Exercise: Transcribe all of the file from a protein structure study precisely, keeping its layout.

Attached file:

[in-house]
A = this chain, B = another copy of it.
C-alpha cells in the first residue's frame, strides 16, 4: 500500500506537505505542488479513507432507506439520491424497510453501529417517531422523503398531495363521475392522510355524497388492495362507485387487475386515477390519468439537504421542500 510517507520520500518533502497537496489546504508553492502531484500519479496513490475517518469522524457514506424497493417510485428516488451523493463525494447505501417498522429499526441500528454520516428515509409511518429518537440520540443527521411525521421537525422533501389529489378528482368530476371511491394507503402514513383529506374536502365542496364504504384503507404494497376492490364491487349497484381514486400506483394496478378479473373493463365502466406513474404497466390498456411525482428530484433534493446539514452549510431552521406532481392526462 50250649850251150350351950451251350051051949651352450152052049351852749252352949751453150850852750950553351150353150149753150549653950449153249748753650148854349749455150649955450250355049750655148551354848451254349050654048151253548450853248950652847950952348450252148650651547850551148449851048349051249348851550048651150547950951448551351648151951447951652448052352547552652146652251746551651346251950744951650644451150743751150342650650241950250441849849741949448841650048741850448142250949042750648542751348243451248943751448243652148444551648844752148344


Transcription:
[in-house]
A = this chain, B = another copy of it.
C-alpha cells in the first residue's frame, strides 16, 4: 500500500506537505505542488479513507432507506439520491424497510453501529417517531422523503398531495363521475392522510355524497388492495362507485387487475386515477390519468439537504421542500 510517507520520500518533502497537496489546504508553492502531484500519479496513490475517518469522524457514506424497493417510485428516488451523493463525494447505501417498522429499526441500528454520516428515509409511518429518537440520540443527521411525521421537525422533501389529489378528482368530476371511491394507503402514513383529506374536502365542496364504504384503507404494497376492490364491487349497484381514486400506483394496478378479473373493463365502466406513474404497466390498456411525482428530484433534493446539514452549510431552521406532481392526462 50250649850251150350351950451251350051051949651352450152052049351852749252352949751453150850852750950553351150353150149753150549653950449153249748753650148854349749455150649955450250355049750655148551354848451254349050654048151253548450853248950652847950952348450252148650651547850551148449851048349051249348851550048651150547950951448551351648151951447951652448052352547552652146652251746551651346251950744951650644451150743751150342650650241950250441849849741949448841650048741850448142250949042750648542751348243451248943751448243652148444551648844752148344